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Federal Government Leading by Example

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  1. Federal Government Leading by Example Greening the Government conference June 2003

  2. Why Electronics? • Electronics are the fastest growing portion of the municipal waste stream • 1988, 20 million obsolete • Only 11% recycled • 2004, 315 million obsolete? • 4 billion pounds of plastic • 1 billion pounds of lead • 2 million pounds of cadmium • 400,000 pounds of mercury

  3. Why Electronics • Electronic Products are Hazardous • Contain lead, mercury, cadmium, zinc, brominated flame retardants • TVs and computer monitors contain up to 4 pounds of lead EACH. • Lead is fused with the CRT glass as a radiation shield – difficult to separate and no current market for leaded glass

  4. Why the Federal Government • Spent $5 billion on computers alone in 1996 • 3.7% of the total market. • IT Technology spending is increasing – from $45B (2003) to $68B (2008) • Replacement cycles of 3-4 years - With 1.8 million employees and a 3 yr cycle – the Government discards approximately 10,000 computers/week • Significant amount ends up in the landfill.

  5. Background • Many efforts are underway to develop “green” products or processes • Modular computers that can be easily upgraded • Reducing waste by products during production of electronics • Producing electronics with less toxic materials • Energy Star compliance for energy reduction • Leasing programs to eliminate user responsibility for disposal • Recycle/Reclamation

  6. Typical life span of a Federal PC • Procurement (6 months) • Operations (3-4 years) • Storage (2-3 years) “Just in case its needed” • Final Disposition • Schools and Non-profits • Typically, computers that are 5-7 years old are of no use to schools and are more and more being refused • Sold in Lots through GSA to “lowest bidder” • GSA typically bundles one or 2 “good” PCs with the obsolete ones. The lot is sold, the good ones refurbished, the others sent to landfills. • Possible disposal by exporting to Pacific Rim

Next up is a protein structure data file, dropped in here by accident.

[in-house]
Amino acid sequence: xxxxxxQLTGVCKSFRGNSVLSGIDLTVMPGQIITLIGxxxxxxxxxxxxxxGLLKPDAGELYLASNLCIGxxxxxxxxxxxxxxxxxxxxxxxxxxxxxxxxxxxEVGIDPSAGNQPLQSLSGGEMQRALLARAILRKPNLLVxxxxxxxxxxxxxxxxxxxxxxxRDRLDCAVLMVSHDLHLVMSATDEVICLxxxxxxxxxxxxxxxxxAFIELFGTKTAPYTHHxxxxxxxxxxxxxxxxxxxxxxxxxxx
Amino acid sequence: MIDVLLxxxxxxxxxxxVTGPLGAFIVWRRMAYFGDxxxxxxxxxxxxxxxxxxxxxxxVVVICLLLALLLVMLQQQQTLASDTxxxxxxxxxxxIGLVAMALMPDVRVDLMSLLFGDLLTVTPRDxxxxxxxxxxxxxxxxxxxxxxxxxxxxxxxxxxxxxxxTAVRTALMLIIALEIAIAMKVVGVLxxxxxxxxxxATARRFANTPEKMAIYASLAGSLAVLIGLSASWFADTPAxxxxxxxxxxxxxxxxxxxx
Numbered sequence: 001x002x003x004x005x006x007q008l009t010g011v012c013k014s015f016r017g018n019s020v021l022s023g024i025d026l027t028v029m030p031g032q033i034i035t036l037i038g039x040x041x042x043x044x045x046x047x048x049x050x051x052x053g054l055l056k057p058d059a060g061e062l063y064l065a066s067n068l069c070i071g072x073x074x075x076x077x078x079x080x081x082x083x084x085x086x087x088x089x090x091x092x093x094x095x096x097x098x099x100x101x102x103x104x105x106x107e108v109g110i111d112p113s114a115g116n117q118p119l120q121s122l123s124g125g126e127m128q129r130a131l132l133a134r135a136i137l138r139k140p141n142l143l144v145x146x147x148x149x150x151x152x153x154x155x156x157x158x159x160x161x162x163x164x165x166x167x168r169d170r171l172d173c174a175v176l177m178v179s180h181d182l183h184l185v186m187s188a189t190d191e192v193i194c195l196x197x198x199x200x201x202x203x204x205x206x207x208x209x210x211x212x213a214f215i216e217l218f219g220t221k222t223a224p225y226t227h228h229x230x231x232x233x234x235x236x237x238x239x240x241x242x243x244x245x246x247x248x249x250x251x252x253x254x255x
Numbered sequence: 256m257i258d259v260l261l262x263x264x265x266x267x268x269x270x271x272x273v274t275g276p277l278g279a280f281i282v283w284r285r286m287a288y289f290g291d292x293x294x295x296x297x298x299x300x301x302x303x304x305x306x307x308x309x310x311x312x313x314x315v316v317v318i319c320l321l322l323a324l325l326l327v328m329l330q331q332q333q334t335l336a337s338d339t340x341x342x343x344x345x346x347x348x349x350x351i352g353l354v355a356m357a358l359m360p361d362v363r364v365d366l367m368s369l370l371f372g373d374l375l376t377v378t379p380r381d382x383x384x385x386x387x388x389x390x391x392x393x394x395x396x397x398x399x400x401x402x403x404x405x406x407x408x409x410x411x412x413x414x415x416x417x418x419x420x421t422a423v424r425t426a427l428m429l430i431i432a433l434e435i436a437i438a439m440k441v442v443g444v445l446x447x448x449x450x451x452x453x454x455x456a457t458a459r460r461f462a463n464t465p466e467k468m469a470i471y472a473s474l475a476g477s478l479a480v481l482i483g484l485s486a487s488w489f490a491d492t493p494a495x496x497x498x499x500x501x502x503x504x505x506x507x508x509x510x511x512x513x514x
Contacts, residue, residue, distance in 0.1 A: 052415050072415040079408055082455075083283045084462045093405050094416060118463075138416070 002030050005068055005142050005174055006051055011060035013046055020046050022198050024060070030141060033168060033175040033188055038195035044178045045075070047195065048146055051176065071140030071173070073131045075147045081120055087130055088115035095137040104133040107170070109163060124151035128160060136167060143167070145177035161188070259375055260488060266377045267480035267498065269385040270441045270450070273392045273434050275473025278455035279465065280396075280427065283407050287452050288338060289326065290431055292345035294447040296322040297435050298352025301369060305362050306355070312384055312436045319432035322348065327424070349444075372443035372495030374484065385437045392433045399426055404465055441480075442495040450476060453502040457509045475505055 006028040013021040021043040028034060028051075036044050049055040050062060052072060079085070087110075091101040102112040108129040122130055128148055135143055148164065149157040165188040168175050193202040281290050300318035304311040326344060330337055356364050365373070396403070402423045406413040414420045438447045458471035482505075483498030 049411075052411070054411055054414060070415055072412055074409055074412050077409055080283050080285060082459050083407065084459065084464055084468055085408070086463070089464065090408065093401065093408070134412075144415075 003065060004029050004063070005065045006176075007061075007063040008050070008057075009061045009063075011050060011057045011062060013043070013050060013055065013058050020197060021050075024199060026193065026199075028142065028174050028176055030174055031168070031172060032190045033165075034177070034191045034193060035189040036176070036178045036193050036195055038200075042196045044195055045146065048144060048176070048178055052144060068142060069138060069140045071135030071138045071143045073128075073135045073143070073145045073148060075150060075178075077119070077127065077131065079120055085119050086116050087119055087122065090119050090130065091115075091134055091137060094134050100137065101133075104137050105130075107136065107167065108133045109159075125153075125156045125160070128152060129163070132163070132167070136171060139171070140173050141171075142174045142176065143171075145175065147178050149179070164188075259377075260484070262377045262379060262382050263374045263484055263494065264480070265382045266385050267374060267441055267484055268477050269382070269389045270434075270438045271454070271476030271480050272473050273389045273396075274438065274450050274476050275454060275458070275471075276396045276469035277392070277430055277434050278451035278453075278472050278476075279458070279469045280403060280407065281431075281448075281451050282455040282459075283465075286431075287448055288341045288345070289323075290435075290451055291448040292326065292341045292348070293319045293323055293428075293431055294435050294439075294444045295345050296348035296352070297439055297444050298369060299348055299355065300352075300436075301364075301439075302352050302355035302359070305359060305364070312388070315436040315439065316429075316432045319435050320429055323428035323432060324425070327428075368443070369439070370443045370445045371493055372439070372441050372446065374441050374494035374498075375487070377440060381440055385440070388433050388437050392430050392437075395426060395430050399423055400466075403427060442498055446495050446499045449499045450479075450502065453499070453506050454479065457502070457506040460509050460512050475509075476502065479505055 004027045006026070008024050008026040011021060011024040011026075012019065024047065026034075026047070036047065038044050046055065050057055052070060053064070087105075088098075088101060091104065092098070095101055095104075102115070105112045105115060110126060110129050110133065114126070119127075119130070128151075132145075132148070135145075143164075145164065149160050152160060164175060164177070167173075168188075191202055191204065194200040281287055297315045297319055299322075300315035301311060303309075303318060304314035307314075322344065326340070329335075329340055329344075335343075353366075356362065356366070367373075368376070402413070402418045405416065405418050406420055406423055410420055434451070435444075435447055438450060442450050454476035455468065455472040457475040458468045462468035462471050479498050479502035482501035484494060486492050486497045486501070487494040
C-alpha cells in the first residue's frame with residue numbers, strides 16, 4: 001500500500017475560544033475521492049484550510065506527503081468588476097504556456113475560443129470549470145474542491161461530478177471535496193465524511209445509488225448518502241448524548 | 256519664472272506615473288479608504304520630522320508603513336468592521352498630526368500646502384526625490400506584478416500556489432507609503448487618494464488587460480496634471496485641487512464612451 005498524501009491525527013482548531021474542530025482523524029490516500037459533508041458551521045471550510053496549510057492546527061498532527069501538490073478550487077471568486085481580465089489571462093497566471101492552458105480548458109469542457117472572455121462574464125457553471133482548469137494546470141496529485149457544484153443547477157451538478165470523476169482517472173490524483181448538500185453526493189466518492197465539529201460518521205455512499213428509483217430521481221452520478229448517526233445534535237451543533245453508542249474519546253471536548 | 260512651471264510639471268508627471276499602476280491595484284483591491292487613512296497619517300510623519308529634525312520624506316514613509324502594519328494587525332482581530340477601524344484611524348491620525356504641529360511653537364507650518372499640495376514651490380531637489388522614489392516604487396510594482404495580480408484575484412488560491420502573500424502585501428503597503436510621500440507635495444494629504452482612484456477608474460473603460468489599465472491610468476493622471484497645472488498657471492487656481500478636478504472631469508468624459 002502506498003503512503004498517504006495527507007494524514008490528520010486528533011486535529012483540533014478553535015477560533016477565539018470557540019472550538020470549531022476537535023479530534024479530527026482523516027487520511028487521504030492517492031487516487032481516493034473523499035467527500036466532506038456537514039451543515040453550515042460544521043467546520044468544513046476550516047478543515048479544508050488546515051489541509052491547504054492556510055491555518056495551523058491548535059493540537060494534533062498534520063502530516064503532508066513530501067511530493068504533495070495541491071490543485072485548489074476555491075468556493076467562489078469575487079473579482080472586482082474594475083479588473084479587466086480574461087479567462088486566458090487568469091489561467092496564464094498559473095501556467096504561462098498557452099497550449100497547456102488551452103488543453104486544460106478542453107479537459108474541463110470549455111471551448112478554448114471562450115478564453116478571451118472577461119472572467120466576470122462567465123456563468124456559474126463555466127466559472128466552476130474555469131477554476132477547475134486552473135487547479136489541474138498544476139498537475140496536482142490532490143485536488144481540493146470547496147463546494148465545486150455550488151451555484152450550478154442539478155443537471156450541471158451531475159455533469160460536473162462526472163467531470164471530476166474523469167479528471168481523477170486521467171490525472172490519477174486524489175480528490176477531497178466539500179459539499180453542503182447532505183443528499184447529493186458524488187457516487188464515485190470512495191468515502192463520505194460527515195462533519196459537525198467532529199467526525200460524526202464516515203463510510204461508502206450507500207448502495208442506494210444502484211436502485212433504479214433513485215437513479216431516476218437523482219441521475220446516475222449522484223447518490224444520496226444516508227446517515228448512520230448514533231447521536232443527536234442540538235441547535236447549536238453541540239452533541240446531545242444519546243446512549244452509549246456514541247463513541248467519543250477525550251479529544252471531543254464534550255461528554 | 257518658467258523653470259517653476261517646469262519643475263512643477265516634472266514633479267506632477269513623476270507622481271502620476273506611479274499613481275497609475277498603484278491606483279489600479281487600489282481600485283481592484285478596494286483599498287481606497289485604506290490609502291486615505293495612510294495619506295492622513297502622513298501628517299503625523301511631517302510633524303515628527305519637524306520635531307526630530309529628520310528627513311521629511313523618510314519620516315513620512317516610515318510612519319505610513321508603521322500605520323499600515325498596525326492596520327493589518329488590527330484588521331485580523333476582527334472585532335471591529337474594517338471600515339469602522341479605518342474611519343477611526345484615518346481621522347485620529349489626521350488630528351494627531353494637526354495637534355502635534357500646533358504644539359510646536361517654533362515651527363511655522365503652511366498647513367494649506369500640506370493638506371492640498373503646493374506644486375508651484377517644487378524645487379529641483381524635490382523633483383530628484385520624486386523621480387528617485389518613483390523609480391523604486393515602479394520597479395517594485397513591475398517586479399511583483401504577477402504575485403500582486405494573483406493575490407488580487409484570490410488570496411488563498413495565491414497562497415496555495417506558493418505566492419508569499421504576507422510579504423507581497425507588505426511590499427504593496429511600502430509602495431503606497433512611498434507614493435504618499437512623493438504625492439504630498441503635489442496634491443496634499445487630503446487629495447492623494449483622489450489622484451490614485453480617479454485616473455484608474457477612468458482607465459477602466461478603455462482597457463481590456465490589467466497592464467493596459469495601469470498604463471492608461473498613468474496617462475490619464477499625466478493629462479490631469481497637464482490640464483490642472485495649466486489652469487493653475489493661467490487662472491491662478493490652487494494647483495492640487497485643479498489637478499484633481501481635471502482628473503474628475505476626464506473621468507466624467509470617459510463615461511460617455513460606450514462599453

7. A challenge to federal facilities and agencies to:- Purchase greener electronic products- Reduce “use” phase impacts of electronic products- Manage electronic assets at end of life in an environmentally safe way.

  8. Goals of the Challenge • To address the environmental impact of the electronics in the federal workplace throughout the life-cycle of the electronic, particularly • Reduce the generation of e-waste by • Purchasing greener electronic products • Managing electronic assets in an environmentally sound manner • Reuse still functioning electronic equipment by donating it to someone who can use it. • Recycle electronic equipment at the end-of-life stage

  9. Why the Challenge • Federal Memorandum of Understanding on Improving the Environmental Management of Electronic Assets • Ongoing National Dialogue on Electronics Product Stewardship